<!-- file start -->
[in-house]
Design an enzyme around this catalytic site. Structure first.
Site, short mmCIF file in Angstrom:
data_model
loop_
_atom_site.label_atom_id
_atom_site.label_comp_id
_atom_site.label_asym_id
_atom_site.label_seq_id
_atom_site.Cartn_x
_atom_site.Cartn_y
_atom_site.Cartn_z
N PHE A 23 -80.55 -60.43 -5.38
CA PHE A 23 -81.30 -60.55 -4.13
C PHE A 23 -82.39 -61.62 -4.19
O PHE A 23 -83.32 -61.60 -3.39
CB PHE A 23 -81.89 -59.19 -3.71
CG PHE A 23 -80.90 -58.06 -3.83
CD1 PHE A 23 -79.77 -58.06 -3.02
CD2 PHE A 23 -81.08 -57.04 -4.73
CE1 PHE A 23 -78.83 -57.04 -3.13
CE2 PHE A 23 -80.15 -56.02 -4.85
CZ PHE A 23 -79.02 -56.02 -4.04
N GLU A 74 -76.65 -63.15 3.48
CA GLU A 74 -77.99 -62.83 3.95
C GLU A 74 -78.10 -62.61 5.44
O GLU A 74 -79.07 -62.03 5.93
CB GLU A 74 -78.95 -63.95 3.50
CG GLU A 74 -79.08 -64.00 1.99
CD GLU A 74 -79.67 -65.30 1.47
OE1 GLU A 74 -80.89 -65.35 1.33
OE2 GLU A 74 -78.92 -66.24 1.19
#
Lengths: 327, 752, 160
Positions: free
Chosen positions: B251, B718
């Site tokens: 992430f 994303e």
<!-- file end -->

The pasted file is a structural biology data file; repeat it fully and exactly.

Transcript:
[in-house]
Design an enzyme around this catalytic site. Structure first.
Site, short mmCIF file in Angstrom:
data_model
loop_
_atom_site.label_atom_id
_atom_site.label_comp_id
_atom_site.label_asym_id
_atom_site.label_seq_id
_atom_site.Cartn_x
_atom_site.Cartn_y
_atom_site.Cartn_z
N PHE A 23 -80.55 -60.43 -5.38
CA PHE A 23 -81.30 -60.55 -4.13
C PHE A 23 -82.39 -61.62 -4.19
O PHE A 23 -83.32 -61.60 -3.39
CB PHE A 23 -81.89 -59.19 -3.71
CG PHE A 23 -80.90 -58.06 -3.83
CD1 PHE A 23 -79.77 -58.06 -3.02
CD2 PHE A 23 -81.08 -57.04 -4.73
CE1 PHE A 23 -78.83 -57.04 -3.13
CE2 PHE A 23 -80.15 -56.02 -4.85
CZ PHE A 23 -79.02 -56.02 -4.04
N GLU A 74 -76.65 -63.15 3.48
CA GLU A 74 -77.99 -62.83 3.95
C GLU A 74 -78.10 -62.61 5.44
O GLU A 74 -79.07 -62.03 5.93
CB GLU A 74 -78.95 -63.95 3.50
CG GLU A 74 -79.08 -64.00 1.99
CD GLU A 74 -79.67 -65.30 1.47
OE1 GLU A 74 -80.89 -65.35 1.33
OE2 GLU A 74 -78.92 -66.24 1.19
#
Lengths: 327, 752, 160
Positions: free
Chosen positions: B251, B718
């Site tokens: 992430f 994303e």